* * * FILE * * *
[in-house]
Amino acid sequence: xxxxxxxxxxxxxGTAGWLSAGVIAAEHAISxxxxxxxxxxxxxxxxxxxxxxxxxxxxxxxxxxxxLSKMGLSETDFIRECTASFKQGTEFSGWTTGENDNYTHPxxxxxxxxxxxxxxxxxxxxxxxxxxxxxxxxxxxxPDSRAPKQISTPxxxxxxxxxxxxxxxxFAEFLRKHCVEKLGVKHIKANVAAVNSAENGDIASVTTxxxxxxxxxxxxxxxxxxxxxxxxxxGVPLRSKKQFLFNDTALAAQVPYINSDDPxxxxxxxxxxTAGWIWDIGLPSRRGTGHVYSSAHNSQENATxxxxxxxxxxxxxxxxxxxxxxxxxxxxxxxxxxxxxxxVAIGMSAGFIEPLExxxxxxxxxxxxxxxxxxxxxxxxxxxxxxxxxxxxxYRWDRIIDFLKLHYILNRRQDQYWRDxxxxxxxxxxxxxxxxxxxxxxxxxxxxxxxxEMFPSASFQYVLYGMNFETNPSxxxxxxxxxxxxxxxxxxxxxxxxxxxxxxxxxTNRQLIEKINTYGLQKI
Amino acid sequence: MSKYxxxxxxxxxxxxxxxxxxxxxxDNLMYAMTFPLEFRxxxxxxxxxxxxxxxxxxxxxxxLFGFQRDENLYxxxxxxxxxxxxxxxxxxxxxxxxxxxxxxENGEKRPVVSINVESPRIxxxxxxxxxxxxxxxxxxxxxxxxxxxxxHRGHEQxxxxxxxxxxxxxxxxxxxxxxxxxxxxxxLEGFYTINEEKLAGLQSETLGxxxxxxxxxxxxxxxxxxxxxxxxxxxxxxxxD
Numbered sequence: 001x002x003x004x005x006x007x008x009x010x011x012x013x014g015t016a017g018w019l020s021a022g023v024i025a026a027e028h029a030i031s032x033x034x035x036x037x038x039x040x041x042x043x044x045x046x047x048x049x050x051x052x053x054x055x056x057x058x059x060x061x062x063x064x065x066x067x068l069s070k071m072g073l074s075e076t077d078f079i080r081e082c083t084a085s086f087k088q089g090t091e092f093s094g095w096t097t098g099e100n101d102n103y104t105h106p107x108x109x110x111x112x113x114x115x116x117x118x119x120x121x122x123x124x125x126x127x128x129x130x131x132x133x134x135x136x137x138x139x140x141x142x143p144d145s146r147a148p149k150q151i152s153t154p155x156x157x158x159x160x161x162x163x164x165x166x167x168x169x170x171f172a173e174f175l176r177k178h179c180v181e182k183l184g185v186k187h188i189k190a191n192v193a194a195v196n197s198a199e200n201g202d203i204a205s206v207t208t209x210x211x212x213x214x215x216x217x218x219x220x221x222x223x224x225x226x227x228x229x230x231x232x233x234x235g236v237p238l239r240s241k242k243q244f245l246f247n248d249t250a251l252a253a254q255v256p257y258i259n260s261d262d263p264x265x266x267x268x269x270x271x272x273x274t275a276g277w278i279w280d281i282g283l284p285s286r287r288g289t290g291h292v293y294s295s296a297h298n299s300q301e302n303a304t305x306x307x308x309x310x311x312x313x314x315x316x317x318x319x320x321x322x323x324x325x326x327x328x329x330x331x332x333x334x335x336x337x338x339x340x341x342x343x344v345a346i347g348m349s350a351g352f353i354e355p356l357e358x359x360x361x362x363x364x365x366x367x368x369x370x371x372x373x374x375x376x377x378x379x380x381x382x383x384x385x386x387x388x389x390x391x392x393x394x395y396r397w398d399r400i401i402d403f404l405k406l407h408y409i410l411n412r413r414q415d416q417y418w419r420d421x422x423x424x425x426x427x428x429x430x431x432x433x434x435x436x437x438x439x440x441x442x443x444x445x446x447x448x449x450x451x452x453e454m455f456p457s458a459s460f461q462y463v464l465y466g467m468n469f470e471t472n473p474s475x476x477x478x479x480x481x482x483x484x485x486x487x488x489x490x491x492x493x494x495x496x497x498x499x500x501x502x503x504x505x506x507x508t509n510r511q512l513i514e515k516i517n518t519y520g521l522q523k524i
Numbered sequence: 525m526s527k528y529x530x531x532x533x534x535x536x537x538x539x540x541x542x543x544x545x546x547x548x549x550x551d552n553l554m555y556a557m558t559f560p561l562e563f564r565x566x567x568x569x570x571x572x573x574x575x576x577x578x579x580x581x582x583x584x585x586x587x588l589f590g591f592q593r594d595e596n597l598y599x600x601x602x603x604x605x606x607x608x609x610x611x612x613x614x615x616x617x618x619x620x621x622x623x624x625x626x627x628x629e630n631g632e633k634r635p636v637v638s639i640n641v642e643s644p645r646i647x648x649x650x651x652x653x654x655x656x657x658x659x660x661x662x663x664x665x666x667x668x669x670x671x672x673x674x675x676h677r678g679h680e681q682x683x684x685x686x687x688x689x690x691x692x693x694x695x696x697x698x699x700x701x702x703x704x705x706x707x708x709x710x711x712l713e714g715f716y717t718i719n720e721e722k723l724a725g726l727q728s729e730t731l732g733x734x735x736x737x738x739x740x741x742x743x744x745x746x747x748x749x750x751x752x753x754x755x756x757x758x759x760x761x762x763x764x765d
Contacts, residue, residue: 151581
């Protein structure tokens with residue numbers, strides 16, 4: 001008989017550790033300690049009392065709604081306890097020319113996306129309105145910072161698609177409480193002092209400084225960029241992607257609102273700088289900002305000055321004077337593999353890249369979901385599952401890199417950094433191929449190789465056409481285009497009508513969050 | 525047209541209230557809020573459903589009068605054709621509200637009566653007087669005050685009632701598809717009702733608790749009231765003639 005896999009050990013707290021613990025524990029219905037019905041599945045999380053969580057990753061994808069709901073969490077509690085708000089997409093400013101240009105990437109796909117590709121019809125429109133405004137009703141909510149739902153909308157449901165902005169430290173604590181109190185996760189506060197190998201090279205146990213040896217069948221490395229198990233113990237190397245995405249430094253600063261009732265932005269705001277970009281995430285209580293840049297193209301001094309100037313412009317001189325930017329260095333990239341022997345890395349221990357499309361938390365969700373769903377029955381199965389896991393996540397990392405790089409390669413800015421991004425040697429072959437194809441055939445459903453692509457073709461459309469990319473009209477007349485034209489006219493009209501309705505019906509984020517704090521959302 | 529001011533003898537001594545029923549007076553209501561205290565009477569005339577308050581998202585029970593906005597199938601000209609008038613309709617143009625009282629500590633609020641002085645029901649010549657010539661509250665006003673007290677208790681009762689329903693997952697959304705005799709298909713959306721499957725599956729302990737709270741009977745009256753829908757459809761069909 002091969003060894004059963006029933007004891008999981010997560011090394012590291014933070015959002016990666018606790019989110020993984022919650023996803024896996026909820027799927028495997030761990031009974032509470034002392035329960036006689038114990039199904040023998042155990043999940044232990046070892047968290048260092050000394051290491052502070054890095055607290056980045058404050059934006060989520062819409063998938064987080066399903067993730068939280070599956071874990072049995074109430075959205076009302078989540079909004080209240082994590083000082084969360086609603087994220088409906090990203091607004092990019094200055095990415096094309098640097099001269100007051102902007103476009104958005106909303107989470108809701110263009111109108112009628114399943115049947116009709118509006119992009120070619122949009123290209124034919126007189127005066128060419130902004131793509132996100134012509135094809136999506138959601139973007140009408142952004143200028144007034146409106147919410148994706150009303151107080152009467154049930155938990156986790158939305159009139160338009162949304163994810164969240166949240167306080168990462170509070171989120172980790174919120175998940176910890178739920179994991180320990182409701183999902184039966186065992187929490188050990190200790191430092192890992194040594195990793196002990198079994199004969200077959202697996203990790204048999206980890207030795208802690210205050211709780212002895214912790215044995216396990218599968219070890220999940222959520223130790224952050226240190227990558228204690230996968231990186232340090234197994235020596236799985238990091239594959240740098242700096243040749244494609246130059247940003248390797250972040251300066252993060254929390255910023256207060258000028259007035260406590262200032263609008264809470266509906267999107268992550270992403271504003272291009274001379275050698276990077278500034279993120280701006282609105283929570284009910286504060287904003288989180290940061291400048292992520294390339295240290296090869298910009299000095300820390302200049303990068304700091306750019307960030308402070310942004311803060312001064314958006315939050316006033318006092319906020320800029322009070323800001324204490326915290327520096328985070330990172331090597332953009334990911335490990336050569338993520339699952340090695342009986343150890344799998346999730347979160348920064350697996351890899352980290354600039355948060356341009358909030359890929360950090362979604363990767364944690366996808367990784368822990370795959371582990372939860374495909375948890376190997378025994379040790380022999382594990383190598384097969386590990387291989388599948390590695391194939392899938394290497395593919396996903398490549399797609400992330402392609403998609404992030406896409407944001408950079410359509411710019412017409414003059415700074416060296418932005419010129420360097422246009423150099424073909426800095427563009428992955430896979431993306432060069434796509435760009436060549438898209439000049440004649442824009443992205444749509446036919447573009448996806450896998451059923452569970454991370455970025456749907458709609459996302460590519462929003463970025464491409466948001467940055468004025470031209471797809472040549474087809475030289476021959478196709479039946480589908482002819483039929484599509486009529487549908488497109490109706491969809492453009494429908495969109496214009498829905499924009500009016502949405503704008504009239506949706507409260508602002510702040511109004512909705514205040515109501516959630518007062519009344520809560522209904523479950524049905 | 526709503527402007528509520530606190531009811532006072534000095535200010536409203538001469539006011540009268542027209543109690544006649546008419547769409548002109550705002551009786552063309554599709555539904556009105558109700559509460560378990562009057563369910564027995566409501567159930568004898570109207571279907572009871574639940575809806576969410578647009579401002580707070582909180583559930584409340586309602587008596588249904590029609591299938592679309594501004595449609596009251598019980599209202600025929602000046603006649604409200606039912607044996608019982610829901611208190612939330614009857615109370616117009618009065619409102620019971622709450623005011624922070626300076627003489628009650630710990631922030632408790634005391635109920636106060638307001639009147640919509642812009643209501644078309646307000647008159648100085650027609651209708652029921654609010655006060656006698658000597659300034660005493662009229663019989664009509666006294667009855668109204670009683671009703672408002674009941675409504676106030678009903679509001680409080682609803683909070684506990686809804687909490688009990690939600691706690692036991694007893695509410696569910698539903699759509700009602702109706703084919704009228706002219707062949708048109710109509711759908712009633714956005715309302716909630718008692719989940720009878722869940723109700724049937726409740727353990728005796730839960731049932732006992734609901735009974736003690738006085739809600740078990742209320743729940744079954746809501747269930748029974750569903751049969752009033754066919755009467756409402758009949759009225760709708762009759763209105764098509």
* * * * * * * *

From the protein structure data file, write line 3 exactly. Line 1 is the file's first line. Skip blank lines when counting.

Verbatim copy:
Amino acid sequence: MSKYxxxxxxxxxxxxxxxxxxxxxxDNLMYAMTFPLEFRxxxxxxxxxxxxxxxxxxxxxxxLFGFQRDENLYxxxxxxxxxxxxxxxxxxxxxxxxxxxxxxENGEKRPVVSINVESPRIxxxxxxxxxxxxxxxxxxxxxxxxxxxxxHRGHEQxxxxxxxxxxxxxxxxxxxxxxxxxxxxxxLEGFYTINEEKLAGLQSETLGxxxxxxxxxxxxxxxxxxxxxxxxxxxxxxxxD